The 10 Greatest Jewish Sports Stars

Athleticism may not be the first thing you associate with Jewish people: brains, humour and neurosis are probably far higher on the list. But don't be fooled, they've been Olympic legends, boxing world champions and scored goals in World Cup finals.
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Athleticism may not be the first thing you associate with Jewish people: brains, humour and neurosis are probably far higher on the list. But don't be fooled, they've been Olympic legends, boxing world champions and scored goals in World Cup finals.

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Barney Ross: one tough Jew

10. Sandy Koufax (Baseball)

A one club man, Koufax played the entirety of his outstanding Major League Baseball career for the Dodgers where he won pretty much every award going and is widely regarded as one of the best left-handed pitchers of all time. Koufax won four World Series, the 1963 MVP award and the CY Young Award for the league’s best pitcher on three occasions. Had he not been forced to retire in his peak, at 30, he would undoubtedly have smashed every record going. Koufax also had a strong sense of Jewish identity which came to the fore when he refused to pitch in a World Series game due to a clash with the Yom Kippur festival. In 2010, President Obama invited him to the White House in recognition of his achievements and claimed that the two men had something in common. "He can't pitch on Yom Kippur. I can't pitch”, quipped Obama.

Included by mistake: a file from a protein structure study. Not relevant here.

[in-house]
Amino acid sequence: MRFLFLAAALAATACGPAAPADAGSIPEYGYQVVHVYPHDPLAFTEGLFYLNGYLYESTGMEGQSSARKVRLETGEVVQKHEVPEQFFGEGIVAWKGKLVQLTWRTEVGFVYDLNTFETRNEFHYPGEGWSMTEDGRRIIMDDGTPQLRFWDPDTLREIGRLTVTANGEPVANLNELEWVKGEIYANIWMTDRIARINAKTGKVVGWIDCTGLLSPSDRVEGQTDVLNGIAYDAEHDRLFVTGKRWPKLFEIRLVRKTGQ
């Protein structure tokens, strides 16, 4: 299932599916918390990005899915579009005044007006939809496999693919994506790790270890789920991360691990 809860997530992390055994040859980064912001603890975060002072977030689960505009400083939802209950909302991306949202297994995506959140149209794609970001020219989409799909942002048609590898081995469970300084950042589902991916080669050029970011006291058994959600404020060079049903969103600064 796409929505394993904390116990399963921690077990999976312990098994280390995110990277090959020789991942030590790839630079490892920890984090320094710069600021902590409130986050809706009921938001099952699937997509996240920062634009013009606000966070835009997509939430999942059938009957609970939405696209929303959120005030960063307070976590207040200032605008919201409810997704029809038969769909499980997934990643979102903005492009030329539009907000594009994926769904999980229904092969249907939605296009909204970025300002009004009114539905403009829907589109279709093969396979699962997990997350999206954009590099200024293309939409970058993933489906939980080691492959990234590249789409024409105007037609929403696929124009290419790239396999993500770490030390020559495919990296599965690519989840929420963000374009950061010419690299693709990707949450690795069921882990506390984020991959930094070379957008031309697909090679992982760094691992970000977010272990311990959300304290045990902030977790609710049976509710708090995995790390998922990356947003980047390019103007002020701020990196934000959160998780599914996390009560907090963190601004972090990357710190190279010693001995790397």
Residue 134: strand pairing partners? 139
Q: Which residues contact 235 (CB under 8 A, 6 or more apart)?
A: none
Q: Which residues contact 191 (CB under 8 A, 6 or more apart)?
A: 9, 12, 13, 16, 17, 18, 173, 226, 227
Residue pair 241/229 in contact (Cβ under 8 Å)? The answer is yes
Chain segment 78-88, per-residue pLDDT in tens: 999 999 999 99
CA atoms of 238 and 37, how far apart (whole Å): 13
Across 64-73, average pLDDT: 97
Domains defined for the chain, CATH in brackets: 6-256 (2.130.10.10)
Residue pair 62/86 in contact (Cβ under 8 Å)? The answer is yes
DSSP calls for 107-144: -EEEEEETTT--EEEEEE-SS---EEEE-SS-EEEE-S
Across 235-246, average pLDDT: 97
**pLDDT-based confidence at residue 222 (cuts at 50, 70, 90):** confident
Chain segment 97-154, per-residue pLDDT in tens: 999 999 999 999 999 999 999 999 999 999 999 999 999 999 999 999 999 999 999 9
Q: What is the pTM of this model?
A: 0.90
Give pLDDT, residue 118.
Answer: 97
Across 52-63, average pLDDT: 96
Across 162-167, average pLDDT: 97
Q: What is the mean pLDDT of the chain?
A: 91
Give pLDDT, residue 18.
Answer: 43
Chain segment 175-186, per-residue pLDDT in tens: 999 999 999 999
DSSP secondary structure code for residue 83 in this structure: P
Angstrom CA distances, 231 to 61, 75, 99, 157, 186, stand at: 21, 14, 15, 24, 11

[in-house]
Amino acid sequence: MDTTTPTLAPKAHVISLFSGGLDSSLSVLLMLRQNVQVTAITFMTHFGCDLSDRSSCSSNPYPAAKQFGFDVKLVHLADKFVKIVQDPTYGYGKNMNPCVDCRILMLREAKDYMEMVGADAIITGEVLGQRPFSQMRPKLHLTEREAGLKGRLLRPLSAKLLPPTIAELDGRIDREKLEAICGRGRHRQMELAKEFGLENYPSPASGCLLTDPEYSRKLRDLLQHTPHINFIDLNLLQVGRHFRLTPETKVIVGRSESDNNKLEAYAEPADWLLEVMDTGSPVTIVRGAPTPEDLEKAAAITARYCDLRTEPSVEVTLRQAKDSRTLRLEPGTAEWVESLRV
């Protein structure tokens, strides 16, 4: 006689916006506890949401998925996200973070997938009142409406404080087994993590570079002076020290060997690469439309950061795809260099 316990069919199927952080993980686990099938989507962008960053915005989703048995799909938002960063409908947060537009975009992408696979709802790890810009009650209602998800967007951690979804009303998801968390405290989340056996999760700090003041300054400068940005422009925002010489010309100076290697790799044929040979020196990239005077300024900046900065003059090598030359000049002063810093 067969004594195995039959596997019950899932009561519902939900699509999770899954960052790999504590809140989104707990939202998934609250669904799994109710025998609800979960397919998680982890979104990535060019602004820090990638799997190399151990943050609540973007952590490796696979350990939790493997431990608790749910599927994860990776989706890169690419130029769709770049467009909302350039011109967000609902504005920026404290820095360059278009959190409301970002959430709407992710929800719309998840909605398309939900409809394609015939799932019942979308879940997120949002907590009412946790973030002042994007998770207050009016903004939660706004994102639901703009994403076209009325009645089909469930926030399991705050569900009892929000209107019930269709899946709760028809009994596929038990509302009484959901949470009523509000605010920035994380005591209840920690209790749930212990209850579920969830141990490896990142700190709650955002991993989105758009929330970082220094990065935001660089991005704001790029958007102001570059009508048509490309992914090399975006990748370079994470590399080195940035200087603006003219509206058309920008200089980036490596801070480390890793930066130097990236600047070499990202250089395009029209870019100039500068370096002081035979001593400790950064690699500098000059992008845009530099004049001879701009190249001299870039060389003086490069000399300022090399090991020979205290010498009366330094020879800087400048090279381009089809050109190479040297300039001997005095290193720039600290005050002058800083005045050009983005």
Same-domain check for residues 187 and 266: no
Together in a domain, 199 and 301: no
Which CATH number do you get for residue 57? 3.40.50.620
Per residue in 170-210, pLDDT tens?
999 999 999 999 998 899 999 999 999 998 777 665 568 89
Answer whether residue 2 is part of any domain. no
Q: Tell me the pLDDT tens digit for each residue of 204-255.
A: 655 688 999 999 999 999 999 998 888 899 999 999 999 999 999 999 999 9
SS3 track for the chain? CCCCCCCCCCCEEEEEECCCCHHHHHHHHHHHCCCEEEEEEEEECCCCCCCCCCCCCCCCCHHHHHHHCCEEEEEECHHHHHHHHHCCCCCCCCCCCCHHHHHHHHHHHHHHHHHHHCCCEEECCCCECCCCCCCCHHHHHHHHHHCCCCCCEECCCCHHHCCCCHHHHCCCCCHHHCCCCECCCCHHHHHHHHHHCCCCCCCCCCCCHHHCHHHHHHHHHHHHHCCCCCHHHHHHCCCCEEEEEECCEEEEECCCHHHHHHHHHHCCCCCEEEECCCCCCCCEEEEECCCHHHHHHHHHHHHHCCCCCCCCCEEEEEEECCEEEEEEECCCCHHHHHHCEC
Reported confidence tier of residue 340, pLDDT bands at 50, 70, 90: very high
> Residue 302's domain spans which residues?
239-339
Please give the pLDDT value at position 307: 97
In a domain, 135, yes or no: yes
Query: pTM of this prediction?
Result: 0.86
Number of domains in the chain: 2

9. Jason Lezak (Swimming)

Lezak is a 4 time Olympic and 8 time World swimming champion and is known as one of the best freestyle relay swimmers of all time. Although he has never won an individual Olympic gold, anyone who witnessed Lezak overcome a huge deficit on French world record holder Alain Bernard on the last leg of the 4x100 to strike gold at the Beijing Olympics will testify to his incredible power and ability.

8. Jody Scheckter (Motor Racing)

A talented F1 driver, Scheckter became world champion in 1979 and is still the only Jew to take the drivers’ championship. In perhaps an ever greater achievement, he romped to victory in the World Superstars in 1983, defeating sporting luminaries such as Andy Ripley and Superstars great Renaldo Nehemiah.

7. Johan Neeskens (Football)

An integral part of the great Holland sides in the 1970s, Neeskens was a cultured midfielder who was imperious on the ball and technically faultless. Appeared, and lost, in two successive World Cup finals in 1974 and 1978 and is still the only Jewish player to score a World Cup final goal after he converted a 2nd minute penalty against West Germany in 1974 following one of the best passing moves in World cup history.

6. Joel Stransky (Rugby Union)

Stransky will forever be associated with one of the most momentous sporting moments of the last 20 years – South Africa’s 1995 Rugby World Cup victory on home soil. Stransky controlled his side from fly half and scored the winning drop goal in the final which led to Nelson Mandela presenting the trophy to Francois Pienaar. Also had a successful career with Leicester where he became a fans favourite with his unerringly accurate kicking displays.

5. Ted ‘Kid’ Lewis (Boxing)

The first of two Brits on this list, ‘Kid’ Lewis was born in the 1890’s and was raised in the east end of London where he learnt his trade in a local boxing club. Lewis was welterweight world champion and had an incredible 227 fights (often fighting heavier men) in the professional ranks and recorded a barely credible 170 wins over a career which included fights in England, USA, and Australia. Lewis is regarded as one of the most skilful boxers to ever come out of Britain and he often appears in the upper echelons of lists rating the best pound for pound fighters of all time.

Lewis later worked as a bodyguard for Oswald Mosley’s New Party and even represented the party in local elections before its Anti-Semitic nature came to the fore. His biography is a must read for any boxing fans.